The veteran teacher, who has been with the district for 28 years, has been suspended with pay pending the outcome of the case. His salary was $58,378 last year, district records show.
The school board will decide if Pepe will be retained or fired.
"What we normally do, we let law enforcement take precedence over us," school board member Candy Olson said. "Obviously, you don't want someone accused of a crime to be in a classroom."
Olson said for Pepe to return to work, the board has to be "absolutely sure" that no crime took place.
"That whole situation is really sad," Elia said.
"You have a teacher who was nationally board certified, by all respects he has done a good job with his students. Anytime something like that happens to anyone, you have to think there is something seriously wrong. We're very glad that this was uncovered so that nothing tragic happened."
When Pepe was reinstated in 2003, he consistently received outstanding and satisfactory marks on his yearly evaluations, records show.
During the 2006-07 school year, he was at Durant High School and a supervisor wrote that he's "doing an outstanding job this year. He's taught a variety of courses, co-taught and been a supporting faculty member."
Things began to unravel again the following year, after supervisors noted in his evaluation that Pepe was not cooperative with school staff and that he needed improvement in several areas, including logical thinking and making practical decisions.
Pepe was furious with the evaluation and fired off a meandering six-page letter that accused administrators of setting him up to fail.
Pepe wrote that Durant administrators wouldn't fix an air conditioning vent in his classroom, causing the temperature to rise "over 95 degrees and caused me to get sick. … I ran a low grade fever for weeks at a time."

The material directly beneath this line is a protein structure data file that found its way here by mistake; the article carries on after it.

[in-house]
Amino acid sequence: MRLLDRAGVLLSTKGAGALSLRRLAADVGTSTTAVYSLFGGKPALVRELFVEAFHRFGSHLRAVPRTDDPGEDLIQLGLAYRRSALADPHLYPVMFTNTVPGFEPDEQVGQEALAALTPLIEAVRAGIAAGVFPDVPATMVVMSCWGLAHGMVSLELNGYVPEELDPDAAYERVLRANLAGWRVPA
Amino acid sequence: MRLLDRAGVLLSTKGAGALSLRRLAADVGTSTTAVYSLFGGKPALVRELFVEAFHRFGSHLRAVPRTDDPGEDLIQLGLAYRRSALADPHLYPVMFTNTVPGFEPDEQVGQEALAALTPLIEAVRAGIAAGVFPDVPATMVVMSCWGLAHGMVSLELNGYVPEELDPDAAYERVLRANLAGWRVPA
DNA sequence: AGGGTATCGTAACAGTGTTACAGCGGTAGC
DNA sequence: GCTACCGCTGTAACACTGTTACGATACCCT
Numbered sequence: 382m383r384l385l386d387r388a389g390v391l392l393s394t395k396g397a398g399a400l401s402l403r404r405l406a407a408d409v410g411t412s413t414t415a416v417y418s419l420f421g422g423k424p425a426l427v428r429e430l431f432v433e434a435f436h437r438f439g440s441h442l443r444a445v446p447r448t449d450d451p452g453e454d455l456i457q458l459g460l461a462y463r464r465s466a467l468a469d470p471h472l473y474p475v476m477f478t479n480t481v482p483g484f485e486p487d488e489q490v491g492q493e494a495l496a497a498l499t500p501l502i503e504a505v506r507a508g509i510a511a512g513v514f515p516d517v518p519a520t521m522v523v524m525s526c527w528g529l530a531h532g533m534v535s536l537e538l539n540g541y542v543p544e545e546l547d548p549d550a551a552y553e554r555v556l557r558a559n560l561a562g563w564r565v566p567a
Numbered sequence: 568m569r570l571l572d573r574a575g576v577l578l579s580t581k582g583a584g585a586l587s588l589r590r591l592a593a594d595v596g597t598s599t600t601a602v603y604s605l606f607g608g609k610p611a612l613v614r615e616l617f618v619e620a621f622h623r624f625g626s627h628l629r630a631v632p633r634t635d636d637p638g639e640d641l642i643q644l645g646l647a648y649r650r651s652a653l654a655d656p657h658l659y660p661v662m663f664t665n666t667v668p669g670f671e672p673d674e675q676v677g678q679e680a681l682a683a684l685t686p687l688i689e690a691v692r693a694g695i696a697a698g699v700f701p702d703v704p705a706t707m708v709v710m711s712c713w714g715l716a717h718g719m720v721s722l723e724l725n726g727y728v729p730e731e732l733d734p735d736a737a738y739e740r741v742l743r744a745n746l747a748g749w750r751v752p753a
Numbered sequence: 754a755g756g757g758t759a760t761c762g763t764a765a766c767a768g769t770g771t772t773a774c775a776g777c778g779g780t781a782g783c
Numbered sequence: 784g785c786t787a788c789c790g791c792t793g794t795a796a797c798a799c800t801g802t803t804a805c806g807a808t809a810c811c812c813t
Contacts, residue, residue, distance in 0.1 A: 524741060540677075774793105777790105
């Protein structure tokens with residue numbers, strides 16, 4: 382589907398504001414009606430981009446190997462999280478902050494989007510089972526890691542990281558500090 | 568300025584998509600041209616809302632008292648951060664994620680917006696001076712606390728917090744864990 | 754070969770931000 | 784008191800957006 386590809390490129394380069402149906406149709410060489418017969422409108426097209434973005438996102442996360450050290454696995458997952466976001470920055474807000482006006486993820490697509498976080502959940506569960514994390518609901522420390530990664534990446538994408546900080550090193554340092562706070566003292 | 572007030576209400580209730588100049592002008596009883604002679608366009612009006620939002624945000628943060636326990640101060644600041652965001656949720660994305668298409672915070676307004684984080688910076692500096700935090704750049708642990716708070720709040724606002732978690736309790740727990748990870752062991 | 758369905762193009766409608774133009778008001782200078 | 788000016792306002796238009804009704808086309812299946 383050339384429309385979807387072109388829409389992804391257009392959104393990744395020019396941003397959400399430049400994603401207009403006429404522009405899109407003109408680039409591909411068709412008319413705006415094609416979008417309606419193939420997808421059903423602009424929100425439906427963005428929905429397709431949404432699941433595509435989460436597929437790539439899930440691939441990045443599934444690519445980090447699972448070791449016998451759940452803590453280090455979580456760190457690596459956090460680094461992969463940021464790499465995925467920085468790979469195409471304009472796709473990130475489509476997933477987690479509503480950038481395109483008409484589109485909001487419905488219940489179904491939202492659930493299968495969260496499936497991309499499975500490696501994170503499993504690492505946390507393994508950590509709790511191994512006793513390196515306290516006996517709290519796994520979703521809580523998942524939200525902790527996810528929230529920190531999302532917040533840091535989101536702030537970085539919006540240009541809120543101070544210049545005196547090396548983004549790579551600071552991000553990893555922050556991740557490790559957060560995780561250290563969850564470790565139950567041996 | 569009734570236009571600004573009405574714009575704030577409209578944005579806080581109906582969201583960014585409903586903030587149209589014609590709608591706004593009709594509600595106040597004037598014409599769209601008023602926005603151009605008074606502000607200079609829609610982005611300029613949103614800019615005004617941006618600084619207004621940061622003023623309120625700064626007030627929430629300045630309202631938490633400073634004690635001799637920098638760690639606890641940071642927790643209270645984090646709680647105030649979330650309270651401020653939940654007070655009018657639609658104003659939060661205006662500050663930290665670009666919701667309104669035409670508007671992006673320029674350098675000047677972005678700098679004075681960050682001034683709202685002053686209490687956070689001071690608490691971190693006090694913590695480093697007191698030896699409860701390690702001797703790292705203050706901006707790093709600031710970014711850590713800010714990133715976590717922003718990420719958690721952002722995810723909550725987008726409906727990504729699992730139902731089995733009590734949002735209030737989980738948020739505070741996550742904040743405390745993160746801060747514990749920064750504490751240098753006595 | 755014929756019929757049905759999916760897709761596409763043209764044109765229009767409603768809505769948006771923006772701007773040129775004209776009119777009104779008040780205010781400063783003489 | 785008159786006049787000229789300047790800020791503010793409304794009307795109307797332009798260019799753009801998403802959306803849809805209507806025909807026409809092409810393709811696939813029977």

In his letter, Pepe also said another teacher told him that she "was going to take my job" and he expressed dissatisfaction at rejection of his bid for promotion to advanced-placement class teacher — a position he sought for 15 years.
He blamed nepotism.
"Teachers who are coaches, cheerleader sponsors, relatives of people in the district are being given these assignments … ahead of veteran teachers," he wrote.
In his most recent evaluation from Strawberry Crest, Pepe gave himself exemplary marks while supervisors said he needed to improve in several areas.
His evaluation said Pepe's feedback to students was "uneven and at times confusing." Lesson objectives were vague and not coherent, the evaluation said.
"By his own admission, Dr. Pepe has had health issues this school year," his manager wrote. "His attendance was still very good. His students did not perform as well as last year on semester exams, as his student average was below the district average."
Pepe disagreed, saying that his students' second semester scores were "very good."
In the comments section he added, "I have been harassed and slandered by some of my colleagues in the department."
Pepe applied to the Hillsborough school district in 1983, after getting a bachelor's degree in education and history at the State University of New York, records show. More than 10 years later, he earned a doctorate degree in education from the University of Southern Mississippi.
In his application, Pepe said he wanted to teach in Tampa because he enjoyed living in the city. He spent a few summers as a substitute teacher and wrote that he "really likes the school system" and "wanted to be a part of it."